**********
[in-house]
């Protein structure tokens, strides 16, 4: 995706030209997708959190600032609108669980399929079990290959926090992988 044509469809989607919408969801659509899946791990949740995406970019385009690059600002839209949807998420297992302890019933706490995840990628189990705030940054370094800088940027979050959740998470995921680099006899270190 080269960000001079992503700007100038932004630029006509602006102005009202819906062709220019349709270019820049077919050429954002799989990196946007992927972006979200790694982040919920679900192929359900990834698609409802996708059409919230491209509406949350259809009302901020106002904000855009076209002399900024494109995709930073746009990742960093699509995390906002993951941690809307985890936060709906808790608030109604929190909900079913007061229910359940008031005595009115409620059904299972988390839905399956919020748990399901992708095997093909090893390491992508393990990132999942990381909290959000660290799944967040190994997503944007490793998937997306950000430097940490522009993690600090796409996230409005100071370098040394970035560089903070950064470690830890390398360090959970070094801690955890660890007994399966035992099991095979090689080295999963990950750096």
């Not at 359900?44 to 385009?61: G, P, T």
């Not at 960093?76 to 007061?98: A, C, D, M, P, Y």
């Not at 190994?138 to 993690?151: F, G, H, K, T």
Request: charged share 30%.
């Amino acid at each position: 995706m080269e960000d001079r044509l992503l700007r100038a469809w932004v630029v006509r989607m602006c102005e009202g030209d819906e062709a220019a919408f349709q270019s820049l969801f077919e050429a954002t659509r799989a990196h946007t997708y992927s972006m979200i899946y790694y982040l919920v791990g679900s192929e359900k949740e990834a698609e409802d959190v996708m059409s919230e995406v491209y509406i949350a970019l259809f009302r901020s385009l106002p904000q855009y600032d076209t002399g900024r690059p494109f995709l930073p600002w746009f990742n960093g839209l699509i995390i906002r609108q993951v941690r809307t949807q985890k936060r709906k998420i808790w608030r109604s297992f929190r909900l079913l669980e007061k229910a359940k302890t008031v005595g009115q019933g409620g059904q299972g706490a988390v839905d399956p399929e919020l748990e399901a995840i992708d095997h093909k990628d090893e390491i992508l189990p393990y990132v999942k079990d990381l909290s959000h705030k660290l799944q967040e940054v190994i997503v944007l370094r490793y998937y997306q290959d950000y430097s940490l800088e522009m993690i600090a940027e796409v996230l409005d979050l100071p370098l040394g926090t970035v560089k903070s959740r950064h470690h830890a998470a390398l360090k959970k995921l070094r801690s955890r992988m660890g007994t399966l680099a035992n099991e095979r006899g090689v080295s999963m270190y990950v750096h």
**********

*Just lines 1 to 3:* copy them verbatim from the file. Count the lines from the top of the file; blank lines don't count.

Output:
[in-house]
């Protein structure tokens, strides 16, 4: 995706030209997708959190600032609108669980399929079990290959926090992988 044509469809989607919408969801659509899946791990949740995406970019385009690059600002839209949807998420297992302890019933706490995840990628189990705030940054370094800088940027979050959740998470995921680099006899270190 080269960000001079992503700007100038932004630029006509602006102005009202819906062709220019349709270019820049077919050429954002799989990196946007992927972006979200790694982040919920679900192929359900990834698609409802996708059409919230491209509406949350259809009302901020106002904000855009076209002399900024494109995709930073746009990742960093699509995390906002993951941690809307985890936060709906808790608030109604929190909900079913007061229910359940008031005595009115409620059904299972988390839905399956919020748990399901992708095997093909090893390491992508393990990132999942990381909290959000660290799944967040190994997503944007490793998937997306950000430097940490522009993690600090796409996230409005100071370098040394970035560089903070950064470690830890390398360090959970070094801690955890660890007994399966035992099991095979090689080295999963990950750096």
């Not at 359900?44 to 385009?61: G, P, T």